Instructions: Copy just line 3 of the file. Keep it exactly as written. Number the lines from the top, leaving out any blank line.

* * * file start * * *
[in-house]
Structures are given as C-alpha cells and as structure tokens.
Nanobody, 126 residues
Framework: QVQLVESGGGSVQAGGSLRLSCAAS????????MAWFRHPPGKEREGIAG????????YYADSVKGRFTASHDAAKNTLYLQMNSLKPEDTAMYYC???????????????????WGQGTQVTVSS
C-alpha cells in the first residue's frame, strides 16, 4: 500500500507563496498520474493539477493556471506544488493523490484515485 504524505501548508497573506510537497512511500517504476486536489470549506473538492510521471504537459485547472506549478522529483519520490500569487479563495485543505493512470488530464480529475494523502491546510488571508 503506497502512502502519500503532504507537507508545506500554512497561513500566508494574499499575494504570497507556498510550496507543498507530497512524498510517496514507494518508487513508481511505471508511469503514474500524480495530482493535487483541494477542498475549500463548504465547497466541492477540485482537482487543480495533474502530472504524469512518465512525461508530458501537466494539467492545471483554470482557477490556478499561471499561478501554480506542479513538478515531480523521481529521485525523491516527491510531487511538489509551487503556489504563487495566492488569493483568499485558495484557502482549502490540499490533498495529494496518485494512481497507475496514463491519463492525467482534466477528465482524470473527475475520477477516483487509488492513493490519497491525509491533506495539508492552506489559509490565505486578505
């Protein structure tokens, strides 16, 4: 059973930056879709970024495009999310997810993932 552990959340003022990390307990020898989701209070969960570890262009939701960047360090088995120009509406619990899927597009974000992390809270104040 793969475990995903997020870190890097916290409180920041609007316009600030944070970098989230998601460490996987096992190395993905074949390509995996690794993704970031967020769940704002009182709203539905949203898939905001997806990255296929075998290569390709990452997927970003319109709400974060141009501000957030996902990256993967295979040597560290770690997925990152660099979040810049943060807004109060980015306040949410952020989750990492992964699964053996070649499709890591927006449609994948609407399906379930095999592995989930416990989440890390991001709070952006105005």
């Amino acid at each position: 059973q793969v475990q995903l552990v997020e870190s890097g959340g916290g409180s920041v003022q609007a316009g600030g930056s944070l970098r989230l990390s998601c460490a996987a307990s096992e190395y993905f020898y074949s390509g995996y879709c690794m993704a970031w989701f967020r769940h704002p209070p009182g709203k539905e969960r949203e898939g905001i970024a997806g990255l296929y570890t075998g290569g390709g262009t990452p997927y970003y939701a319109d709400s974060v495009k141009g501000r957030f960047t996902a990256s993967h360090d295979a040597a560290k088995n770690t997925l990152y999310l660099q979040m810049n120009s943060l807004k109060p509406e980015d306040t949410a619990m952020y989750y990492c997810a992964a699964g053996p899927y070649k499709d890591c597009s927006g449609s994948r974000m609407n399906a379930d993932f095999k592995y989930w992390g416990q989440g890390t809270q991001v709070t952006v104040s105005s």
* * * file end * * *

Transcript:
Nanobody, 126 residues